Journal Article

Green light: a signal to slow down or stop

Kevin M. Folta and Stefanie A. Maruhnich

in Journal of Experimental Botany

Published on behalf of Society for Experimental Biology

Volume 58, issue 12, pages 3099-3111
Published in print September 2007 | ISSN: 0022-0957
Published online July 2007 | e-ISSN: 1460-2431 | DOI: https://dx.doi.org/10.1093/jxb/erm130
Green light: a signal to slow down or stop

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Light has a profound effect on plant growth and development. Red and blue light best drive photosynthetic metabolism, so it is no surprise that these light qualities are particularly efficient in advancing the developmental characteristics associated with autotrophic growth habits. Photosynthetically inefficient light qualities also impart important environmental information to a developing plant. For example, far-red light reverses the effect of phytochromes, leading to changes in gene expression, plant architecture, and reproductive responses. Recent evidence shows that green light also has discrete effects on plant biology, and the mechanisms that sense this light quality are now being elucidated. Green light has been shown to affect plant processes via cryptochrome-dependent and cryptochrome-independent means. Generally, the effects of green light oppose those directed by red and blue wavebands. This review examines the literature where green light has been implicated in physiological or developmental outcomes, many not easily attributable to known sensory systems. Here roles of green light in the regulation of vegetative development, photoperiodic flowering, stomatal opening, stem growth modulation, chloroplast gene expression and plant stature are discussed, drawing from data gathered over the last 50 years of plant photobiological research. Together these reports support a conclusion that green light sensory systems adjust development and growth in orchestration with red and blue sensors.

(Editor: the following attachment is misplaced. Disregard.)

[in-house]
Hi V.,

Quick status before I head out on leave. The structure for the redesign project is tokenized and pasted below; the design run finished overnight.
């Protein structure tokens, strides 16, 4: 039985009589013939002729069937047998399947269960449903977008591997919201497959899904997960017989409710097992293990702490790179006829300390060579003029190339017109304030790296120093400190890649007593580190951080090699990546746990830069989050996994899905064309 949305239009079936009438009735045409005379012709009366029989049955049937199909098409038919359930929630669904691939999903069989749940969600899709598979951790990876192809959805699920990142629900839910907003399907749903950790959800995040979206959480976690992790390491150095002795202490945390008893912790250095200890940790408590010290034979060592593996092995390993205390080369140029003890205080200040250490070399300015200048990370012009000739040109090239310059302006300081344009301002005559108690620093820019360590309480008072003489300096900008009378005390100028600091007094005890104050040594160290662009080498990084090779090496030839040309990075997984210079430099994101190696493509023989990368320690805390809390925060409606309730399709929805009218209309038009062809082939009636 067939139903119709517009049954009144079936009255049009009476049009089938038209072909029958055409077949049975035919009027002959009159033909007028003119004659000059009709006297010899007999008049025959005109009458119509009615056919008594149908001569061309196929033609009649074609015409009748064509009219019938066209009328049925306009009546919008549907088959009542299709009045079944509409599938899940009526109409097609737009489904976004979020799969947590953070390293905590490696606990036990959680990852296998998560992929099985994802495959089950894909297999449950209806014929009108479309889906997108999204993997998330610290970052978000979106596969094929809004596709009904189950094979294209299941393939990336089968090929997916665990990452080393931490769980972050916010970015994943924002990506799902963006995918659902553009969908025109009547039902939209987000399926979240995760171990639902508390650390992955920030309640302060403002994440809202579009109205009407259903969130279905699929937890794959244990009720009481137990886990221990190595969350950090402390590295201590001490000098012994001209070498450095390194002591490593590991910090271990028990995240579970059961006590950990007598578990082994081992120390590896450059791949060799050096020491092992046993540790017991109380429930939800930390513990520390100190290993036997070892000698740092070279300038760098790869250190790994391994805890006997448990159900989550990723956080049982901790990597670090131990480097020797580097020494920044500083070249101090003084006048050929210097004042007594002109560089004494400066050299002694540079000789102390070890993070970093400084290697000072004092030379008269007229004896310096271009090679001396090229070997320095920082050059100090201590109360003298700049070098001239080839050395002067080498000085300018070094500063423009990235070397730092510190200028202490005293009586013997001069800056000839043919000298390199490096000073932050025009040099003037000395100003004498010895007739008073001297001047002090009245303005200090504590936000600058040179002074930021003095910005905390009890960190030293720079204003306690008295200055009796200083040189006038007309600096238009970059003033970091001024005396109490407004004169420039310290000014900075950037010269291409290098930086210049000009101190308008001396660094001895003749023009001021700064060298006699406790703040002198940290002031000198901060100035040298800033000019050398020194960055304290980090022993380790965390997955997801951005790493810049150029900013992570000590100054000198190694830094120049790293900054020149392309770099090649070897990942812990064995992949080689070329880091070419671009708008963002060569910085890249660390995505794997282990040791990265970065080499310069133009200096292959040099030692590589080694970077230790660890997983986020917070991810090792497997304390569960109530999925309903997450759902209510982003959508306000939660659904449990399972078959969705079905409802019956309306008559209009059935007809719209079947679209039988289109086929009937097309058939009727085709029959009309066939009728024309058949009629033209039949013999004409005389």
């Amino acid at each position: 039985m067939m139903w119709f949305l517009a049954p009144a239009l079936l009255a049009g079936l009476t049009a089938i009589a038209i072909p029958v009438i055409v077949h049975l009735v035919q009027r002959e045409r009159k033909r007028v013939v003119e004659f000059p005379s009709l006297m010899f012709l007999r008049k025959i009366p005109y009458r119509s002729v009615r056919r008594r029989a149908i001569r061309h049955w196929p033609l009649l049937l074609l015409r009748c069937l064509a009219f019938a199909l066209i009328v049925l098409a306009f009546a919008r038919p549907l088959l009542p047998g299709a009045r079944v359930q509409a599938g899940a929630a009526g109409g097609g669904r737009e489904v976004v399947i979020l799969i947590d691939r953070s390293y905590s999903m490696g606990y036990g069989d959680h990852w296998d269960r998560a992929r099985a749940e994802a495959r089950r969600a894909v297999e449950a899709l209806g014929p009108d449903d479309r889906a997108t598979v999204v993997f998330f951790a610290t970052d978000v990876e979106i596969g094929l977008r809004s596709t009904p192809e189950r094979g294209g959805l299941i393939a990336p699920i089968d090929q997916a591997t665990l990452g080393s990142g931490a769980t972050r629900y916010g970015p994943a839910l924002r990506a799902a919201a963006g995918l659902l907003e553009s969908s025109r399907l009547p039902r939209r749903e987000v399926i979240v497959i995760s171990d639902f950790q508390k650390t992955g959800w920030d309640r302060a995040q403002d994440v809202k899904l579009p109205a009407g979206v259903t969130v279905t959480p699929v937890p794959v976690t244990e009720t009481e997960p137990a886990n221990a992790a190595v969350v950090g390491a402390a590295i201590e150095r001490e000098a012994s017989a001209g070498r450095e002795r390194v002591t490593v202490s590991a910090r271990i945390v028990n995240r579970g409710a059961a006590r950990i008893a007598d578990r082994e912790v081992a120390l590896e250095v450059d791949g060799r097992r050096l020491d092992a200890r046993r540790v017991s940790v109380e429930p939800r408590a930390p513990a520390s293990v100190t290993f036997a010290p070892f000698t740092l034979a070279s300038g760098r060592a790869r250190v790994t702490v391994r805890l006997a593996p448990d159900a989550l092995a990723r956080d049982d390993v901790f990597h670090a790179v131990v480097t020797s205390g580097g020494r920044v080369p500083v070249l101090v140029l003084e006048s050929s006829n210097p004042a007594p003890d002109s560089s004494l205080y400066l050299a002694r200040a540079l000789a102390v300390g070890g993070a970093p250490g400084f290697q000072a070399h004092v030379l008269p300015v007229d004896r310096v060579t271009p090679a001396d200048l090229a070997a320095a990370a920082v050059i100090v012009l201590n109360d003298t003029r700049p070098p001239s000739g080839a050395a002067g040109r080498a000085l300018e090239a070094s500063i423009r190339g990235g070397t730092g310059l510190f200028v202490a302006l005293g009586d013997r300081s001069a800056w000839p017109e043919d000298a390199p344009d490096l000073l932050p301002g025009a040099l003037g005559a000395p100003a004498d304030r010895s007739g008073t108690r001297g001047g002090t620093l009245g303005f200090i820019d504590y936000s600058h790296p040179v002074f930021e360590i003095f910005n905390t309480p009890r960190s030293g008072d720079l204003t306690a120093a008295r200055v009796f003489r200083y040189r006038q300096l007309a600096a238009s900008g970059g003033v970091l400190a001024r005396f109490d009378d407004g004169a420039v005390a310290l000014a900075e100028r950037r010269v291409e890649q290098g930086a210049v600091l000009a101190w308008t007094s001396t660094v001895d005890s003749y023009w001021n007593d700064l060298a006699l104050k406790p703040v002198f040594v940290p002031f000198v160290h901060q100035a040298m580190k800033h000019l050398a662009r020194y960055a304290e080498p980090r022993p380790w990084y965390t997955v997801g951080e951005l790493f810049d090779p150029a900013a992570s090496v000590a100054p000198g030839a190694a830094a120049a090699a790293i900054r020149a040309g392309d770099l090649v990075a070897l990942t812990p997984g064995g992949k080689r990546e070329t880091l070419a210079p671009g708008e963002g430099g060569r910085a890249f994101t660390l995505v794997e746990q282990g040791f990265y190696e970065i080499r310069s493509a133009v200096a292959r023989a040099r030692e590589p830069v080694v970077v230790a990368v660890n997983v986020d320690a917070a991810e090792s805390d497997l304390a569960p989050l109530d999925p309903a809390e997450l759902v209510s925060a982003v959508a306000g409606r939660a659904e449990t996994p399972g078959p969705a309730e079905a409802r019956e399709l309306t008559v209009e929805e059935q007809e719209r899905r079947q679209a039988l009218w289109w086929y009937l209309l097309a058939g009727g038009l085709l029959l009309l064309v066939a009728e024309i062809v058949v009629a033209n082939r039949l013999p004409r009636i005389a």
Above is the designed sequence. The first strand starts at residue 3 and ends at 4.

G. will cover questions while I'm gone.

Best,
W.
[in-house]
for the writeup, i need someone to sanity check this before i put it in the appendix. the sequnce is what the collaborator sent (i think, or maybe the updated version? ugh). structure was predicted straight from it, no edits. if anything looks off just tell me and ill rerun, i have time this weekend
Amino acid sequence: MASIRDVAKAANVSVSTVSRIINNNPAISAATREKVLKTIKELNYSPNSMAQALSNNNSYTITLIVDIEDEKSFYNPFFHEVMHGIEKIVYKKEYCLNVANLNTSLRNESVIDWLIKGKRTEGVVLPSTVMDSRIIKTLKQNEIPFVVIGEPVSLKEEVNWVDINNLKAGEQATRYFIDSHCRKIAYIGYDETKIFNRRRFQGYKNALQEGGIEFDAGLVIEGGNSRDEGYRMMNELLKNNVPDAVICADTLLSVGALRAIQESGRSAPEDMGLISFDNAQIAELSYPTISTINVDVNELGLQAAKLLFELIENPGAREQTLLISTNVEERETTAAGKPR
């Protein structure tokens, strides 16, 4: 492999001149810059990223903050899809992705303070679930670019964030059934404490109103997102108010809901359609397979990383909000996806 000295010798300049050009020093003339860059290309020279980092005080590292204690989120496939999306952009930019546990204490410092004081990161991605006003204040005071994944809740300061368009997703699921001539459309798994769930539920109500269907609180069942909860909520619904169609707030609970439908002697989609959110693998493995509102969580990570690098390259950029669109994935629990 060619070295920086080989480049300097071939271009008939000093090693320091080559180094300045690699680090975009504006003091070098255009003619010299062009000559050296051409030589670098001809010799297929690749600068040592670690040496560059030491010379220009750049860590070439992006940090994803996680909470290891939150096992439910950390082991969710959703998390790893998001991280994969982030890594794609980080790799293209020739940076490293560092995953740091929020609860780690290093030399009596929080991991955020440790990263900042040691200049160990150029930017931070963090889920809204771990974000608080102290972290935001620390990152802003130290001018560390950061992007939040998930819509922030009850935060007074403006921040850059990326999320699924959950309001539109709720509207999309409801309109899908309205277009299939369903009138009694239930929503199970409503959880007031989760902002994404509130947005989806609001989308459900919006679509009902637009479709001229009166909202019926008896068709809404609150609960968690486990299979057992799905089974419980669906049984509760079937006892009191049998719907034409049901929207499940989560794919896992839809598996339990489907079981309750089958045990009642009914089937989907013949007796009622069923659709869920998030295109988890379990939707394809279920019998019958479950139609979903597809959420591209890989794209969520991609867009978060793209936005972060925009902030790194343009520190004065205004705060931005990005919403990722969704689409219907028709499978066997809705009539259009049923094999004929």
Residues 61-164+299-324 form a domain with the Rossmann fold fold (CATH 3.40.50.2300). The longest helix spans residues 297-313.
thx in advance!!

Keywords: Photomorphogenesis; phytochrome; plant development

Journal Article.  8959 words.  Illustrated.

Subjects: Plant Sciences and Forestry

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